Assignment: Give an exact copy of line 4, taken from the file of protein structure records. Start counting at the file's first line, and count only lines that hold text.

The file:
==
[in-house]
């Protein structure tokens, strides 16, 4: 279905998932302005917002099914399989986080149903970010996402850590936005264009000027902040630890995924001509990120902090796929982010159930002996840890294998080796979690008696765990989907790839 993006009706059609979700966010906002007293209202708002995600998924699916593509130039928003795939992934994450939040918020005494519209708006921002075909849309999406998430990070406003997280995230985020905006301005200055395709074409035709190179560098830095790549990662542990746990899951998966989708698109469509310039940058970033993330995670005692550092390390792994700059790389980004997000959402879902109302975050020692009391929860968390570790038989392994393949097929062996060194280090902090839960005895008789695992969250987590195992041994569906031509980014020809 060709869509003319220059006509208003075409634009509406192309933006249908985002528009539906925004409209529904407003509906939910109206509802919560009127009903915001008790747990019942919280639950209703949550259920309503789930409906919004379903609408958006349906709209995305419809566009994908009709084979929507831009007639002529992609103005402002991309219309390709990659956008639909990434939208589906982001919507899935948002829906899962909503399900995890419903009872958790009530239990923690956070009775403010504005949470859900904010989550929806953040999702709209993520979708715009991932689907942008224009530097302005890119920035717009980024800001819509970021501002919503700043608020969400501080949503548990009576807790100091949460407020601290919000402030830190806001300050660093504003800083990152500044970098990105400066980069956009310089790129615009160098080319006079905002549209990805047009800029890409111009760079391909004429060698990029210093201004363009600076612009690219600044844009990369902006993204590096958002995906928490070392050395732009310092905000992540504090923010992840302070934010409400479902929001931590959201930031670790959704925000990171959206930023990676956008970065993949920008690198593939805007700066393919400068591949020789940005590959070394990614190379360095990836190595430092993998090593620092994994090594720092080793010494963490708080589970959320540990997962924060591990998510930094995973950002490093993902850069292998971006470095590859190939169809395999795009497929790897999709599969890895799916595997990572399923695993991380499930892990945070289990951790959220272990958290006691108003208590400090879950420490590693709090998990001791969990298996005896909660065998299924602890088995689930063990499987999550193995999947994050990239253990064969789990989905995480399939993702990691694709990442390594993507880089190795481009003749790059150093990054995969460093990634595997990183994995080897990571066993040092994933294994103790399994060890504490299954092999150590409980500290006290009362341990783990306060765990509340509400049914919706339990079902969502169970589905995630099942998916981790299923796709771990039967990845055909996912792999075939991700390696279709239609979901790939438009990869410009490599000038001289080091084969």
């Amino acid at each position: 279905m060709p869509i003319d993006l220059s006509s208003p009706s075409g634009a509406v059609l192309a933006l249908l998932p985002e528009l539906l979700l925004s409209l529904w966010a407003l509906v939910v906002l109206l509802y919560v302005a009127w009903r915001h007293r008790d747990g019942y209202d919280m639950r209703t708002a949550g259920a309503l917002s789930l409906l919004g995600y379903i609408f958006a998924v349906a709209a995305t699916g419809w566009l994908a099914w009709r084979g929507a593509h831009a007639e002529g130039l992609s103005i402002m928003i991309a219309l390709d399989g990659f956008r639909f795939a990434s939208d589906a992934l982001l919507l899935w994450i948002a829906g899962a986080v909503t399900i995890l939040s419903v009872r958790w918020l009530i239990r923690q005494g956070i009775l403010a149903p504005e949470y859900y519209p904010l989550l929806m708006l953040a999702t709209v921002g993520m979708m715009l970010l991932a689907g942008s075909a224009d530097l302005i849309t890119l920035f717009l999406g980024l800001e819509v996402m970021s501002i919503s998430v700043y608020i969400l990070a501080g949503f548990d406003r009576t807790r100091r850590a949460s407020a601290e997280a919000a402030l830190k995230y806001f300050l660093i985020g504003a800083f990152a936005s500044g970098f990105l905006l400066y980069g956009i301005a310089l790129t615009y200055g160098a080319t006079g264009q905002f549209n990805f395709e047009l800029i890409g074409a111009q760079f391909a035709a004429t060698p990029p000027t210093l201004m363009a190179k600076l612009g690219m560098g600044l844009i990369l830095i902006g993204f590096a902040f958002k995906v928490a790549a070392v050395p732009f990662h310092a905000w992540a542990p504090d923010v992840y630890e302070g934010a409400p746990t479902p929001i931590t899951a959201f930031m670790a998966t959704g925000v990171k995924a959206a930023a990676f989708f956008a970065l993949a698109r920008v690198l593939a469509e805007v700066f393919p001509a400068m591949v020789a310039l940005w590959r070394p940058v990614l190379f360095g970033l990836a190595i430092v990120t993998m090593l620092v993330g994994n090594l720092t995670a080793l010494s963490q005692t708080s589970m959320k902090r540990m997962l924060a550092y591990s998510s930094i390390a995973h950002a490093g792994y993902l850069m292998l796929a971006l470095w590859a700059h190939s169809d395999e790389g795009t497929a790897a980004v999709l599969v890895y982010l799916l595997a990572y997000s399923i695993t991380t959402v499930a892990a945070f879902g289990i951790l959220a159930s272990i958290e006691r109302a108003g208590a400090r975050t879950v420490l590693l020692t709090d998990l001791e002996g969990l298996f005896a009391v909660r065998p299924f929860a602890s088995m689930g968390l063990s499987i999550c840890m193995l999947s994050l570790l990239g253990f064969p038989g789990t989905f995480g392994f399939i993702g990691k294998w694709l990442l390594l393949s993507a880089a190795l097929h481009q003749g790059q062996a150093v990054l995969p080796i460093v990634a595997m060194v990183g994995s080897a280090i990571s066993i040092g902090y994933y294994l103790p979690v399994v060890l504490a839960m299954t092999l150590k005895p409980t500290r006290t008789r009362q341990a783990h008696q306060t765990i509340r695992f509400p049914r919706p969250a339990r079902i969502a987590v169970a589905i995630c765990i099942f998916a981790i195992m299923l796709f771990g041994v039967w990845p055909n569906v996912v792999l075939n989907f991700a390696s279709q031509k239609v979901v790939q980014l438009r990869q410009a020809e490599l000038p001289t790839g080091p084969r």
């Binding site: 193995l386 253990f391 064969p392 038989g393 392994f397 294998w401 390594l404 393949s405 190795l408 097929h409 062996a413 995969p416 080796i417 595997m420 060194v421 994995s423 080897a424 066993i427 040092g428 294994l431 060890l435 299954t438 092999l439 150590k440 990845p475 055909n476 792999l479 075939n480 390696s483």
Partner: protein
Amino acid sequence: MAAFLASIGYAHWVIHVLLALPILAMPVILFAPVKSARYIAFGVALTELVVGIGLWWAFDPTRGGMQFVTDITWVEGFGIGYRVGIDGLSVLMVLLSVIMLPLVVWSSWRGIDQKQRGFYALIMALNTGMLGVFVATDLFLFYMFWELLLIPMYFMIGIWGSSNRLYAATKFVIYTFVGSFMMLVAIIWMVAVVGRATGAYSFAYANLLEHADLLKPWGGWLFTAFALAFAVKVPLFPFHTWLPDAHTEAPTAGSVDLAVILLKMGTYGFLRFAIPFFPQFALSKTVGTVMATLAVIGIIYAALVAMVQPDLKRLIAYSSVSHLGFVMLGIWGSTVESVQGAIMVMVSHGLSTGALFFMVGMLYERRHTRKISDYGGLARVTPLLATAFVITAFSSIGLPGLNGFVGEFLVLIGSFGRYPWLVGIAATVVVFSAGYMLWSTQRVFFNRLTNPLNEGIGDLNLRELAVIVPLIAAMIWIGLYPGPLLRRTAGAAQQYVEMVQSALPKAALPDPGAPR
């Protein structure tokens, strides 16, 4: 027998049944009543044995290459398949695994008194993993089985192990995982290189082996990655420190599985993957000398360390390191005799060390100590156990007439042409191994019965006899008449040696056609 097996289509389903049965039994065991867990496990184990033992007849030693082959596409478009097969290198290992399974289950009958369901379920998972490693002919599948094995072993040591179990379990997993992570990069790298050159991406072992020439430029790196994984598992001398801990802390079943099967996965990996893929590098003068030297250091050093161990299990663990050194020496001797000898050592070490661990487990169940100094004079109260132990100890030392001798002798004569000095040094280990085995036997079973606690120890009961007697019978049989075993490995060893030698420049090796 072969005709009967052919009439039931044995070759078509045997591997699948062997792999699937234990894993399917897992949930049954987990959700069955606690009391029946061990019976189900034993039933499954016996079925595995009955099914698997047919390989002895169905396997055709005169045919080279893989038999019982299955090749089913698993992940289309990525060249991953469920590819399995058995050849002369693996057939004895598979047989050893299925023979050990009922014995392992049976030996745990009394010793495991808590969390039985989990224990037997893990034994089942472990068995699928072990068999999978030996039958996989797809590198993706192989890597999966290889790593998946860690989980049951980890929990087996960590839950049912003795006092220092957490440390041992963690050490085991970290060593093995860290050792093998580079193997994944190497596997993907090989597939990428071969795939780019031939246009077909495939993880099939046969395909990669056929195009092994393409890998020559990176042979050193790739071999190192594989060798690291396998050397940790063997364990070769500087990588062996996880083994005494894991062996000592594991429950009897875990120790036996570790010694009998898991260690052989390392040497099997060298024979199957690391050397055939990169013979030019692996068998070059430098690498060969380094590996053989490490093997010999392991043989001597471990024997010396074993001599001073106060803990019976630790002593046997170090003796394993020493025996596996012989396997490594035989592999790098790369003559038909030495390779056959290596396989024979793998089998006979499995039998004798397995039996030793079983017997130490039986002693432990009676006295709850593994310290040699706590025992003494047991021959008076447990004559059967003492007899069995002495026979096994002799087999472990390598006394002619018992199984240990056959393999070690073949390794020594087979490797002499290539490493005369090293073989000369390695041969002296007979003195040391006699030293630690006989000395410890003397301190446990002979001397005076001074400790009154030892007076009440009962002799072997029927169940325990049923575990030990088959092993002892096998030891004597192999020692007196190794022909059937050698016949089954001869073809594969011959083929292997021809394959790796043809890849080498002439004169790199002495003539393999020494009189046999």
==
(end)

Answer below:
């Binding site: 193995l386 253990f391 064969p392 038989g393 392994f397 294998w401 390594l404 393949s405 190795l408 097929h409 062996a413 995969p416 080796i417 595997m420 060194v421 994995s423 080897a424 066993i427 040092g428 294994l431 060890l435 299954t438 092999l439 150590k440 990845p475 055909n476 792999l479 075939n480 390696s483």